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Argentina tougher on Brazil if not reopen auto parts market.

President Cristina Fernández de Kirchner (Argentina) and Dilma Rousseff (President of Brazil), with leaders of "Mothers of Plaza de Mayo" in Buenos Aires. Credit Photo Reuters

The argentinian government controls many aspects of the countrys life and any dispute with this country can get uggly. This was the uruguayan experience while Argentina did no recognize the right of the small country to have a pulp paper factory. Suddenly, argentinian activists made a blockade of the bridges between the two countries. Argentina´s former President, the late Dr. Kirchner gave harsh nationalist speeches about his country´s rights and even the case was drafted in The Hague. It took years to solve the trade dispute between the two countries. Btw, during the quarrel , Dr. Kirchner´s wife got elected as the new President.

2011 is also an elections year in Argentina, and the trade dispute versus Brazil has many similar elements to the uruguayan case. Probably Mrs. Fernandez de Kirchner wants to be reelected and she needs some external enemy to demonstrate her passion for the argentinian cause. The dispute could have been between Argentina and the United States, when argentinian authorities confiscated an american plane in Ezeiza Airport, buy in a clever move the United States did not make a case out of this.

So, they needed another external enemy to rise the “national” cause.

The opportunity opened by Brazil is perfect for the argentine government. Brazil has a trade surplus with Argentina and now Brazilia is putting barriers to the import of autoparts from Argentina. Perfect occasion for Mrs. Fernandez de Kirchner!

Recently discovered in Rosario, Cristina´s 2011 electoral campaign bus. Photo Credit to Gentileza ON24

Mrs. President Rousseff does not take into account the political aspects of this dispute. .. She thinks this dispute can be resolved by Itamaratí or by the Minister of Industry. This is not longer a trade dispute but a political one.  No rational dialogue between Industry Ministers will solve this. To rapidly solve this without major political harm to President Rousseff,  Brazil should reopen its import of autoparts during 2011 and wait for a better opportunity, at least until next year when the political situation in Argentina is more clear. Then, yes, the trade dispute can remain being a rational commercial discussion. But not in 2011.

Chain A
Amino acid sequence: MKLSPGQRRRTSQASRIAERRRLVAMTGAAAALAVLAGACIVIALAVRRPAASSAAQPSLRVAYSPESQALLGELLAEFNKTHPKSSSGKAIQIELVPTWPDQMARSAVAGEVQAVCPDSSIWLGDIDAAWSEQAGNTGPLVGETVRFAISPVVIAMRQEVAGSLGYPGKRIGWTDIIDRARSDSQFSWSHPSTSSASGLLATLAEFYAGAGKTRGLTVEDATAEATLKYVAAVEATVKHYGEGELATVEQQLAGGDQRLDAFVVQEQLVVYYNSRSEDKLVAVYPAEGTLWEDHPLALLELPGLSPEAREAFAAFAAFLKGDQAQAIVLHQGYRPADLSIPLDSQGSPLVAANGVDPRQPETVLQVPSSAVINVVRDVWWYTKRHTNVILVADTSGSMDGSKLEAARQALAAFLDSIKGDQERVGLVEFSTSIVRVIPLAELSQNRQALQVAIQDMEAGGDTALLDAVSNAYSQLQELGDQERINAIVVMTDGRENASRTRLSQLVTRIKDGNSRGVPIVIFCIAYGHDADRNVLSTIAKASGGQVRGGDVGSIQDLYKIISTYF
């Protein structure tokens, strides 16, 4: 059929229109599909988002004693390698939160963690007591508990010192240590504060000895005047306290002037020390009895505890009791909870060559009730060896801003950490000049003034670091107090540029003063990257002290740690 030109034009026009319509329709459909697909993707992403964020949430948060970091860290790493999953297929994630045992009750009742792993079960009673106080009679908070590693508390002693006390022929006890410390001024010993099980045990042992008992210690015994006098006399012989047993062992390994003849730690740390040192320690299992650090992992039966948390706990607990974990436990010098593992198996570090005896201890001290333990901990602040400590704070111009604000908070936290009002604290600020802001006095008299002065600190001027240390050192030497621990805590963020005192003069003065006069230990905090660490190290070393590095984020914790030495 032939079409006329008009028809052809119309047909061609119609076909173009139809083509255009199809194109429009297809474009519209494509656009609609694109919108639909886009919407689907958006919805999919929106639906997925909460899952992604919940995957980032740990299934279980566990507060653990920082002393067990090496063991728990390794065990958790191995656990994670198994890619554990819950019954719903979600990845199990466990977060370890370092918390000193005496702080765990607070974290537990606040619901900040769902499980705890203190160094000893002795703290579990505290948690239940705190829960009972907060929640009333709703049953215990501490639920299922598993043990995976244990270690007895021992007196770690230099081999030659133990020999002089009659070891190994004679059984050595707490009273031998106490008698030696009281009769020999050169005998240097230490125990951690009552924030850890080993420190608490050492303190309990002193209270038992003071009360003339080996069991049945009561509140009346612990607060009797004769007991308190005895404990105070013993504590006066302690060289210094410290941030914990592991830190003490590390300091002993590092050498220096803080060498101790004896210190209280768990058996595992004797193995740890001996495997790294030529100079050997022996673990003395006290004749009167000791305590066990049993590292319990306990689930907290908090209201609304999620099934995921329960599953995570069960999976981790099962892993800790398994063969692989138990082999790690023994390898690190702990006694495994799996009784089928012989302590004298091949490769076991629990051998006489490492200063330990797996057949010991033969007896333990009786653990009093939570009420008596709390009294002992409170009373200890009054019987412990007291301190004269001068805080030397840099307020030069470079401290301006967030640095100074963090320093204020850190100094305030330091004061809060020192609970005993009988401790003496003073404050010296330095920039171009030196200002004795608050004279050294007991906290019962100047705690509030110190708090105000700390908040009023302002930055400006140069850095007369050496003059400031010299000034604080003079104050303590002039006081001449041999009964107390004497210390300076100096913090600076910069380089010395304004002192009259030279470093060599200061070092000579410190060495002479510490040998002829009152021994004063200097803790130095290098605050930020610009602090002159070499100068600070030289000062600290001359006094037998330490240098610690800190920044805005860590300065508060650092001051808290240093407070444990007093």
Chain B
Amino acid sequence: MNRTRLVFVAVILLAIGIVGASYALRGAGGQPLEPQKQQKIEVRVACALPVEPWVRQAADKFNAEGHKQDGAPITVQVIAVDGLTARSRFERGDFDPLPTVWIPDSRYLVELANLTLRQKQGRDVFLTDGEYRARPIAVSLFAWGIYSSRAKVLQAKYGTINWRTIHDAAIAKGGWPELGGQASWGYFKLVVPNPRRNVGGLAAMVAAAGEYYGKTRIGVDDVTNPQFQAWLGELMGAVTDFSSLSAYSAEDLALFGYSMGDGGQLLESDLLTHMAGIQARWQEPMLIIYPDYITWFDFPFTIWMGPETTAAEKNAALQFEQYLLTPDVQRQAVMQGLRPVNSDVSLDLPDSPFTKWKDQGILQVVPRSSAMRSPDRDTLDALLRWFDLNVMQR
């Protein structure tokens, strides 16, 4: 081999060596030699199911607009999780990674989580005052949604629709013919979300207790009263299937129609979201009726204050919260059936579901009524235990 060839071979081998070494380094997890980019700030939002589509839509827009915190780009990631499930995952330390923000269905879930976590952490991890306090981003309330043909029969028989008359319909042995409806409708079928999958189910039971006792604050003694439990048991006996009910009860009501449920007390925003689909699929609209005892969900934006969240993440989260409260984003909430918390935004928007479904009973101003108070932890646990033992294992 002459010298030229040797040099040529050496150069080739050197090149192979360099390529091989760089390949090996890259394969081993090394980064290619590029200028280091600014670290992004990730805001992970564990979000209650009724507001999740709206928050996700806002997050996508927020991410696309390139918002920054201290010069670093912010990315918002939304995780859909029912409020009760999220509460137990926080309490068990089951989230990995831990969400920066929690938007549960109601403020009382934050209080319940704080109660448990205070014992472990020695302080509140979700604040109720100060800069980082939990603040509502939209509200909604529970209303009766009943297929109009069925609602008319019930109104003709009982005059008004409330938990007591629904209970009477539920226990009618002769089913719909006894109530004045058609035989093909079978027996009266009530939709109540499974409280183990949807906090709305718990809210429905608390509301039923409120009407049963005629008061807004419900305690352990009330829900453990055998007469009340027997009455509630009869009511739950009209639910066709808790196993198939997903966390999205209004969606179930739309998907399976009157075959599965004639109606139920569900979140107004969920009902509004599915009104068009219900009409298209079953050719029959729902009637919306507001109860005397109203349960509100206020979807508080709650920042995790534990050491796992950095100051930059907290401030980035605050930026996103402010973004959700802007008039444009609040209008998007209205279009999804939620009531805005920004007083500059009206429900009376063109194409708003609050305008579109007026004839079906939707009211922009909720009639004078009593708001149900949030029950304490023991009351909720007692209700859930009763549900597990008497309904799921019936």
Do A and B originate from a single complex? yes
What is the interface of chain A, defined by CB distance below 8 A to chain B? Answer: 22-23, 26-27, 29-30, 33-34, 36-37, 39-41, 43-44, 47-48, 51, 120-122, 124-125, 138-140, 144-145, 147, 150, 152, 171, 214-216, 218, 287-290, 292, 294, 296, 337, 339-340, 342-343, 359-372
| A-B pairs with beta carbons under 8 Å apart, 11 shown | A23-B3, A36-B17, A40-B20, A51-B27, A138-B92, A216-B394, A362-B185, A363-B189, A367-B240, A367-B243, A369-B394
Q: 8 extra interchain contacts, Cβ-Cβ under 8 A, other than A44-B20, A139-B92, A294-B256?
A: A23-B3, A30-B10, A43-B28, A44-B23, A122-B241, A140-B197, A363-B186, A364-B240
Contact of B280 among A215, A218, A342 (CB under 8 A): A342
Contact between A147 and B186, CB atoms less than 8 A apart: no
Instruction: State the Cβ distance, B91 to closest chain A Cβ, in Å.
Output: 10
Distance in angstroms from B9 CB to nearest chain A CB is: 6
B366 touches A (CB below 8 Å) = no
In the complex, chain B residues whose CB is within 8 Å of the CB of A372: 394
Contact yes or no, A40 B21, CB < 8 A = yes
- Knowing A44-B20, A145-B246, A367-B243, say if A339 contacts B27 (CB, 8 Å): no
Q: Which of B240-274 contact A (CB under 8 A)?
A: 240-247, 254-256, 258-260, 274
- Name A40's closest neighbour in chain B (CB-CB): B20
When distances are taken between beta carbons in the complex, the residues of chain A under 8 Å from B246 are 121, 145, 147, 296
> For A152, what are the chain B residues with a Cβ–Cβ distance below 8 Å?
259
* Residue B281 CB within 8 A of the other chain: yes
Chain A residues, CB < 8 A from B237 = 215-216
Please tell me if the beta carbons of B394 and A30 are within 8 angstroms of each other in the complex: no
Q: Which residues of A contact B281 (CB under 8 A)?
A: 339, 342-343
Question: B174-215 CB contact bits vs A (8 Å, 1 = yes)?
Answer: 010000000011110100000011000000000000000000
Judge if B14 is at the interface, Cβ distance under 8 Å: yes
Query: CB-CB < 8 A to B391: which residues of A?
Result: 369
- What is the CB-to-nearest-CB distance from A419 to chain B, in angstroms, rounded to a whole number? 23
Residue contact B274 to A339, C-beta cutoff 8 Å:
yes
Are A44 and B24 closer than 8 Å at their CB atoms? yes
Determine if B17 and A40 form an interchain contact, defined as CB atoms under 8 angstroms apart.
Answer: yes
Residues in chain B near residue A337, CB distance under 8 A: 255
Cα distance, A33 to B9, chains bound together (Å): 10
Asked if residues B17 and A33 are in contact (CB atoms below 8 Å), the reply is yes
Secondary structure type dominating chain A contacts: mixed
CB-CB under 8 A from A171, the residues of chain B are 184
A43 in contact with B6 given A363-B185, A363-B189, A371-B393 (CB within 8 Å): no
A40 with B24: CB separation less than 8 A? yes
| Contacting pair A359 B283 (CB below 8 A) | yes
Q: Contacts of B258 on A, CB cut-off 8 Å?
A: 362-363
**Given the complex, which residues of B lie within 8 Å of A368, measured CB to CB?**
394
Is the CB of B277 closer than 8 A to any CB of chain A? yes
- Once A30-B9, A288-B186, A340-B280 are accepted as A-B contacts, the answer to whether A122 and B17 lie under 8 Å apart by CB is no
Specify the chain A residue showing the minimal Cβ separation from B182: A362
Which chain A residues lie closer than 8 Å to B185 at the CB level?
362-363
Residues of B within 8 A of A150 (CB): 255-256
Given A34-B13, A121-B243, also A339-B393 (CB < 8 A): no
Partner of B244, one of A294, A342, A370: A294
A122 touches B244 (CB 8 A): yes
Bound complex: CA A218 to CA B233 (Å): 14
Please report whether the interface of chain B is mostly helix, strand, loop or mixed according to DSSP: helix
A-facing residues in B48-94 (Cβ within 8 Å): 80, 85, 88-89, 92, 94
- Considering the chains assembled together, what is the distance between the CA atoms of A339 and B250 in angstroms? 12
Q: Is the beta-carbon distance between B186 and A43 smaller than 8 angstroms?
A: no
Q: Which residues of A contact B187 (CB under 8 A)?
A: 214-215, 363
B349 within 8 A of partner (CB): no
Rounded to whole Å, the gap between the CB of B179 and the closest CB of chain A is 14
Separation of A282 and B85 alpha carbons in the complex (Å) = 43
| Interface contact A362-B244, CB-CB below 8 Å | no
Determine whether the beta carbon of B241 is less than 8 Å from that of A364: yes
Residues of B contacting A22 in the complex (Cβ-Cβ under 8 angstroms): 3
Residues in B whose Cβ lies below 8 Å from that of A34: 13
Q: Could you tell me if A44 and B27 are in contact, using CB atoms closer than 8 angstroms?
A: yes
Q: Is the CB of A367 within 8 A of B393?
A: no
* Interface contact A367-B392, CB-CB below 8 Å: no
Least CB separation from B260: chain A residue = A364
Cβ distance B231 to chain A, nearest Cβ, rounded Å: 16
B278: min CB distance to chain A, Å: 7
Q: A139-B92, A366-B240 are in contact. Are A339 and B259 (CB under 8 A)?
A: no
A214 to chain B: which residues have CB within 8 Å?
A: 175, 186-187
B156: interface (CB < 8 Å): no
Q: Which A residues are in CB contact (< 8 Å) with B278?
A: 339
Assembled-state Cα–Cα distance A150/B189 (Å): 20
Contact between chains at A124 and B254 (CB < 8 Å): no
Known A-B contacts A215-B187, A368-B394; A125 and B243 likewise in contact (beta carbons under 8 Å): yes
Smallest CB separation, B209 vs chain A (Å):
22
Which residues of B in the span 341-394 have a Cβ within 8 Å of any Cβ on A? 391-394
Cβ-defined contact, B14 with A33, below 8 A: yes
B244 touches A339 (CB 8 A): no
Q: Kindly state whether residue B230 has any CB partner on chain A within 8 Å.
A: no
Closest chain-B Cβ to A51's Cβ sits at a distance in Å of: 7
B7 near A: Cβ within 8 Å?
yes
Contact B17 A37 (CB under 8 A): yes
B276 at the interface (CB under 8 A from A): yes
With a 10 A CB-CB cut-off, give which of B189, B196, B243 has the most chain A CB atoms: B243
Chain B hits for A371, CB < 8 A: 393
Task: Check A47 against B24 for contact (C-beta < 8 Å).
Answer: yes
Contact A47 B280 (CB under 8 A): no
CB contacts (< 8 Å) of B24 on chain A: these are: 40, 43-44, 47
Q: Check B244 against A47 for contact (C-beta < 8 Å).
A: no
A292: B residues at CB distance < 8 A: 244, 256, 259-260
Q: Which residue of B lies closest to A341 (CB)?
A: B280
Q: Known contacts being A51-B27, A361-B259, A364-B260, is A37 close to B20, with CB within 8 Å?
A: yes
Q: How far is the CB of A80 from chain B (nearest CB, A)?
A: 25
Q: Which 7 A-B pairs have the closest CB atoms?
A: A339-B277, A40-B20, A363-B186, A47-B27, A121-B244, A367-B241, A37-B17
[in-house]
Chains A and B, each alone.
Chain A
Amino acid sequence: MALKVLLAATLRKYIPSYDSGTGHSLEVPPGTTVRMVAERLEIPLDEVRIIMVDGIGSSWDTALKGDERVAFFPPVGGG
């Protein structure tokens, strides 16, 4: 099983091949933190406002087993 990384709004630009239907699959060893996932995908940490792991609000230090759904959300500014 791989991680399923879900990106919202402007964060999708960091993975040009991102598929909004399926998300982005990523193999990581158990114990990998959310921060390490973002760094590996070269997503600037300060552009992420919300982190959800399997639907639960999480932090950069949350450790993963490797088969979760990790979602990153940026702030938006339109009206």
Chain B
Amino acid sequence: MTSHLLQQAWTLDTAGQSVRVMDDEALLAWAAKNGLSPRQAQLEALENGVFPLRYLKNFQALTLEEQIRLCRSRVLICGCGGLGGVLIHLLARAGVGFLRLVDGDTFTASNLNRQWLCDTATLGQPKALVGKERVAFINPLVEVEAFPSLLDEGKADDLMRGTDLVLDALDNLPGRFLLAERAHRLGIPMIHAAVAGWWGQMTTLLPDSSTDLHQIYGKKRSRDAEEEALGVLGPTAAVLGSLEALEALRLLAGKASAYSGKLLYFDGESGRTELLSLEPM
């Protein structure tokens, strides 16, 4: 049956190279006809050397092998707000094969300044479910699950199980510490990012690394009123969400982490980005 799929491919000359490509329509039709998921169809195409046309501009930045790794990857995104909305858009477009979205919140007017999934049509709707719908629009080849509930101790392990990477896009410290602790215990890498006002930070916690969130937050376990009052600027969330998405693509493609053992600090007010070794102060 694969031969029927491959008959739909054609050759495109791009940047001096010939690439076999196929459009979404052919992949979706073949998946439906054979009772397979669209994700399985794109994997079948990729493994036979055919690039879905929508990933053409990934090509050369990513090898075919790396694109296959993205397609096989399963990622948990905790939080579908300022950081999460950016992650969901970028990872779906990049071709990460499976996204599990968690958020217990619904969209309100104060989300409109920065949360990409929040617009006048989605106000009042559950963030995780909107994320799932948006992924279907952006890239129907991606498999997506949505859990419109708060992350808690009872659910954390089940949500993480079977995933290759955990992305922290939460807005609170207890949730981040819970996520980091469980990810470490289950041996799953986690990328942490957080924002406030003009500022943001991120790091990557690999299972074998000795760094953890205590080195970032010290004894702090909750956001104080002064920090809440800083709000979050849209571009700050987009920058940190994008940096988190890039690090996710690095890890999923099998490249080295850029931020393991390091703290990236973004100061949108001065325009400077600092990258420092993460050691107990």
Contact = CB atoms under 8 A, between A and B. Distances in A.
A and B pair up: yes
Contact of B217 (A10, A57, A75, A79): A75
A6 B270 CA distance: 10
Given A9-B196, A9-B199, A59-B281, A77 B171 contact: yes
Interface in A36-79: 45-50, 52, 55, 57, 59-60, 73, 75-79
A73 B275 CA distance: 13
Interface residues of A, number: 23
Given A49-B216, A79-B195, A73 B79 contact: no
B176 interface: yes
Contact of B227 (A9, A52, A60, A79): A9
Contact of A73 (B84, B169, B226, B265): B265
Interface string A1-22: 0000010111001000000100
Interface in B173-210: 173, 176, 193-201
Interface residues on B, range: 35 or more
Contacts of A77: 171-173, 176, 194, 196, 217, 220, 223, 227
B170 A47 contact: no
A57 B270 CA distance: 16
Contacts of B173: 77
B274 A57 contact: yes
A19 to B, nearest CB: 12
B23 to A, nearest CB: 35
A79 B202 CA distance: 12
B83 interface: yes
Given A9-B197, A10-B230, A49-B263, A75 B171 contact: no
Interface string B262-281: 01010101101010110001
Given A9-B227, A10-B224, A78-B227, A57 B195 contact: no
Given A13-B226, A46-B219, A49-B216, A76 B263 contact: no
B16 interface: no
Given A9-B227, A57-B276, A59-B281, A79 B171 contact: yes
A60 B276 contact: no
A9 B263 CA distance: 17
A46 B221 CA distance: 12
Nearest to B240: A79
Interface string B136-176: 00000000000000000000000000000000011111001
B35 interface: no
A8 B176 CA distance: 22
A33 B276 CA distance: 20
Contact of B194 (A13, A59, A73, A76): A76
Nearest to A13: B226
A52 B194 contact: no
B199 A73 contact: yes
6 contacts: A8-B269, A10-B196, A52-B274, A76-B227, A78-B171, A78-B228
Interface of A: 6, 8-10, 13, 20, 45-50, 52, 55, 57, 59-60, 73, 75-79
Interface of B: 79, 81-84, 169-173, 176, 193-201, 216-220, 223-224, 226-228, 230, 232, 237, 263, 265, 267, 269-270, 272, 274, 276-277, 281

But well..

Argentine Minister for Industry, Debora Giorgi will meet in coming hours with Brazilian Ambassador, Enio Cordeiro, to schedule a series of meetings to address trade disputes between the two neighbouring countries and main Mercosur associates. Among points to be addressed is the Brazilian decision to impose non automatic import licences on Argentine goods but particularly manufactured automobiles.  Argentine government sources said the outcome of the meeting will be the arrangement for a summit of industry secretaries from both countries which should take place in the next few days. Then, another gathering of Giorgi and her Brazilian counterpart, Fernando Pimentel, should take place. Giorgi had several telephone conversations with Pimentel but negotiations to re-open the market to Argentine automobiles and auto parts have not advanced. Pimentel reiterated Brazilian openness to a “constructive dialogue”, but would not yield to Argentina’s demand that before formal talks begin, the non automatic licences system for Argentine cars and auto parts must be lifted. Poor Mr. Pimentel, he is entering into a hopeless situation!

Trade between Brazil and Argentina totalled about $32.5 billion last year, with Brazil running a $3.38 billion surplus with its neighbor. Though both sides have pledged to seek a neutral trade balance, Brazil enjoyed a surplus to the tune of $729 million during the first quarter of 2011.About 80% of Argentina’s vehicle exports and 65% of auto parts exports go to Brazil, with about $7 billion worth of goods in play, local economic researchers Abeceb.com said in a report.

According to Abeceb.com, almost 24% of the goods imported from Brazil, calculated by value, face import barriers from Argentina.